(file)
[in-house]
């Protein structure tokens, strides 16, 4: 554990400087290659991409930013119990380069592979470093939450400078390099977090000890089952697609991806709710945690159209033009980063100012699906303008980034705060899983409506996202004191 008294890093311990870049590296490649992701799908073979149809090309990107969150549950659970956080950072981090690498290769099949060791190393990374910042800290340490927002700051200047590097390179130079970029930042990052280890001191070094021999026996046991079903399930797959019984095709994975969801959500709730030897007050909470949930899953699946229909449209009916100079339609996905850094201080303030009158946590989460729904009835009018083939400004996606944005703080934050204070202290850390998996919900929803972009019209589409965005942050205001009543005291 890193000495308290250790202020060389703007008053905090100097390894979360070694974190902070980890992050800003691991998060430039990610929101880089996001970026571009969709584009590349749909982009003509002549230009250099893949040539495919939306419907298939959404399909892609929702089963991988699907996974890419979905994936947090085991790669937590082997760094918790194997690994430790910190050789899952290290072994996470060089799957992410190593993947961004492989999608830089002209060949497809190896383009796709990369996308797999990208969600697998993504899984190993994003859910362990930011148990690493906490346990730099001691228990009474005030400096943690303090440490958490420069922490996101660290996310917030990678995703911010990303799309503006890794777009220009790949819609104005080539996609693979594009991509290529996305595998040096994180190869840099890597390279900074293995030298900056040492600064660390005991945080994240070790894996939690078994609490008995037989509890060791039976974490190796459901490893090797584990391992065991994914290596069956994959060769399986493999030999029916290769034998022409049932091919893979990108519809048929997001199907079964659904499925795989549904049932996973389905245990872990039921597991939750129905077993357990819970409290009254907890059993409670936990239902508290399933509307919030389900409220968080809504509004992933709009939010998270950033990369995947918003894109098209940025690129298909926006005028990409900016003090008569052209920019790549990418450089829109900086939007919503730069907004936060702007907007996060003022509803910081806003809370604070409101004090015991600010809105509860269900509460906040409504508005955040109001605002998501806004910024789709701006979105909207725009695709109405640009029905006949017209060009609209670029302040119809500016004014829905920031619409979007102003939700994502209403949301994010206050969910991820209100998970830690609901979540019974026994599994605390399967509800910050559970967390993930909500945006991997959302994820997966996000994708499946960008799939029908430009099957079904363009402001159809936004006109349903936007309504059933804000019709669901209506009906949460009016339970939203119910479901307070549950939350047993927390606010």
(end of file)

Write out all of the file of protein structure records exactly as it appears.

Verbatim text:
[in-house]
């Protein structure tokens, strides 16, 4: 554990400087290659991409930013119990380069592979470093939450400078390099977090000890089952697609991806709710945690159209033009980063100012699906303008980034705060899983409506996202004191 008294890093311990870049590296490649992701799908073979149809090309990107969150549950659970956080950072981090690498290769099949060791190393990374910042800290340490927002700051200047590097390179130079970029930042990052280890001191070094021999026996046991079903399930797959019984095709994975969801959500709730030897007050909470949930899953699946229909449209009916100079339609996905850094201080303030009158946590989460729904009835009018083939400004996606944005703080934050204070202290850390998996919900929803972009019209589409965005942050205001009543005291 890193000495308290250790202020060389703007008053905090100097390894979360070694974190902070980890992050800003691991998060430039990610929101880089996001970026571009969709584009590349749909982009003509002549230009250099893949040539495919939306419907298939959404399909892609929702089963991988699907996974890419979905994936947090085991790669937590082997760094918790194997690994430790910190050789899952290290072994996470060089799957992410190593993947961004492989999608830089002209060949497809190896383009796709990369996308797999990208969600697998993504899984190993994003859910362990930011148990690493906490346990730099001691228990009474005030400096943690303090440490958490420069922490996101660290996310917030990678995703911010990303799309503006890794777009220009790949819609104005080539996609693979594009991509290529996305595998040096994180190869840099890597390279900074293995030298900056040492600064660390005991945080994240070790894996939690078994609490008995037989509890060791039976974490190796459901490893090797584990391992065991994914290596069956994959060769399986493999030999029916290769034998022409049932091919893979990108519809048929997001199907079964659904499925795989549904049932996973389905245990872990039921597991939750129905077993357990819970409290009254907890059993409670936990239902508290399933509307919030389900409220968080809504509004992933709009939010998270950033990369995947918003894109098209940025690129298909926006005028990409900016003090008569052209920019790549990418450089829109900086939007919503730069907004936060702007907007996060003022509803910081806003809370604070409101004090015991600010809105509860269900509460906040409504508005955040109001605002998501806004910024789709701006979105909207725009695709109405640009029905006949017209060009609209670029302040119809500016004014829905920031619409979007102003939700994502209403949301994010206050969910991820209100998970830690609901979540019974026994599994605390399967509800910050559970967390993930909500945006991997959302994820997966996000994708499946960008799939029908430009099957079904363009402001159809936004006109349903936007309504059933804000019709669901209506009906949460009016339970939203119910479901307070549950939350047993927390606010």